- Expanding your online dating criteria. What if you were open to dating someone the same height as you – or shorter, even? Have you tried dating someone younger than you? Somebody who’s divorced?
- Hanging out with a bunch of strangers. Yes, really! Go to the party where you only know the birthday girl. Join a Meetup group. Go to the climbing gym by yourself and ask a cutie to be your belayer. Take a community ed class that will appeal to people you might want to date (aka if you’re a straight woman, you probably won’t find your future husband at a scrapbooking class.)
If you’re trying to stick to a budget and it’s not working, what if you tried…
- Setting up an autotransfer from your checking account to your savings account. Chances are, you’ll completely forget about that money and just spend what’s in your checking account.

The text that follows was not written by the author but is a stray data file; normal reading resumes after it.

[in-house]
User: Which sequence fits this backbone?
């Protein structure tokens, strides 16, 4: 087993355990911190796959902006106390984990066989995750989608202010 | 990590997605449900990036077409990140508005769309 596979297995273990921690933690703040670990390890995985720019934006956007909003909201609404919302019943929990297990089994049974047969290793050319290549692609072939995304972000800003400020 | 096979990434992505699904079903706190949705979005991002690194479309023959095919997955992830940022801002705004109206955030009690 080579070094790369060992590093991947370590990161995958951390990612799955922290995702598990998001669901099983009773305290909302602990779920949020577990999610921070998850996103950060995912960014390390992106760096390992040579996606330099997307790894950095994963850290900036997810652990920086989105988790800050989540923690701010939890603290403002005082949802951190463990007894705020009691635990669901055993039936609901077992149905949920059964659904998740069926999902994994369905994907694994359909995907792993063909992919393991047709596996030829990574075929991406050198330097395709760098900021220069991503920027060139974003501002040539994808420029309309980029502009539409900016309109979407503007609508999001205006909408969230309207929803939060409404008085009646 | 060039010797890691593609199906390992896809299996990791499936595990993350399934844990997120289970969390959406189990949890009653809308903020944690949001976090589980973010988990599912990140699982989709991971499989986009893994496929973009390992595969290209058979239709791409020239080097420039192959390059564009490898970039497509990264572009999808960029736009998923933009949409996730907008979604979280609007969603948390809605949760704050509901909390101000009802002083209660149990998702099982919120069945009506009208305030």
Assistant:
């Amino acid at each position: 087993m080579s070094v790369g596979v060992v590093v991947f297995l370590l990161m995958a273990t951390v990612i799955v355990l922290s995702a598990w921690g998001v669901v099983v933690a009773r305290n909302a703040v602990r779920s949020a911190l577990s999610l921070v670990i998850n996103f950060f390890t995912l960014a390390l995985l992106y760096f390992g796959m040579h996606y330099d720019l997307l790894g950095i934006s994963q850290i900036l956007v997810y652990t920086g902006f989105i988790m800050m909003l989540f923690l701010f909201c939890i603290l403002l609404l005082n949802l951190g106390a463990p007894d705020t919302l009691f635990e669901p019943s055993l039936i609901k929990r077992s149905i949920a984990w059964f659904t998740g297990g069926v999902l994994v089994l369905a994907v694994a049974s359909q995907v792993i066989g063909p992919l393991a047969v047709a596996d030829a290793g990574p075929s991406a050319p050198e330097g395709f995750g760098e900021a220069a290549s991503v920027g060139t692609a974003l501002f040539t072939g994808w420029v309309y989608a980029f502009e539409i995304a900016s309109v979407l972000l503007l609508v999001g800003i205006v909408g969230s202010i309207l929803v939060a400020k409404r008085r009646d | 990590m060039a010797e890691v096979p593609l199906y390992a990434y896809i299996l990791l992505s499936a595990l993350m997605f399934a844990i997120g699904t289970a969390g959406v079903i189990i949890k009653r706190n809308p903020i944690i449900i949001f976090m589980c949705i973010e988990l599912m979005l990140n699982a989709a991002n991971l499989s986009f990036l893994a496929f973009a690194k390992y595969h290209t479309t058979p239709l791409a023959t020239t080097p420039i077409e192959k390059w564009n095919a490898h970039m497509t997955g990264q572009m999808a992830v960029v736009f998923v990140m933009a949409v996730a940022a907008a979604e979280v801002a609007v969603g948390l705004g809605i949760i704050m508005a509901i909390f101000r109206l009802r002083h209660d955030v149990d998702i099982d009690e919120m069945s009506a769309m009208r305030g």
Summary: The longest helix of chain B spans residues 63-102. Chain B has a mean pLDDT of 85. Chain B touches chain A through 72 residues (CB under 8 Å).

- Cutting up your credit cards (or hand them off to a verrrrrry trusted person) and put yourself on a cash-only budget. You’ll spend a lot less when you see exactly where it’s going and how much you have left.
- Putting yourself in fewer money-spending situations. When your friend wants to catch up, invite her over for dinner instead of meeting her at a spendy restaurant. Block yourself from your favorite online retailers. Instead of window shopping, go hiking, go to the library, or cobble together a picnic with what’s in your pantry.
If you’re trying to be more active and it’s not working, what if you tried…
- Three new workouts. There’s a workout for everyone! Maybe the workout you’ve been doing just isn’t right for you. Commit to trying three totally different activities and see if one works for you. Zumba! Trapeze class! Hiking!
- Stop driving to work. Unless your home and office are right next to a bus stop, taking public transport will add walking and activity to your day. If public transport isn’t your thing, can you bike to work? Walk?
- Finding a gym accountability buddy. You’ll be too embarrassed to let them down and not show up!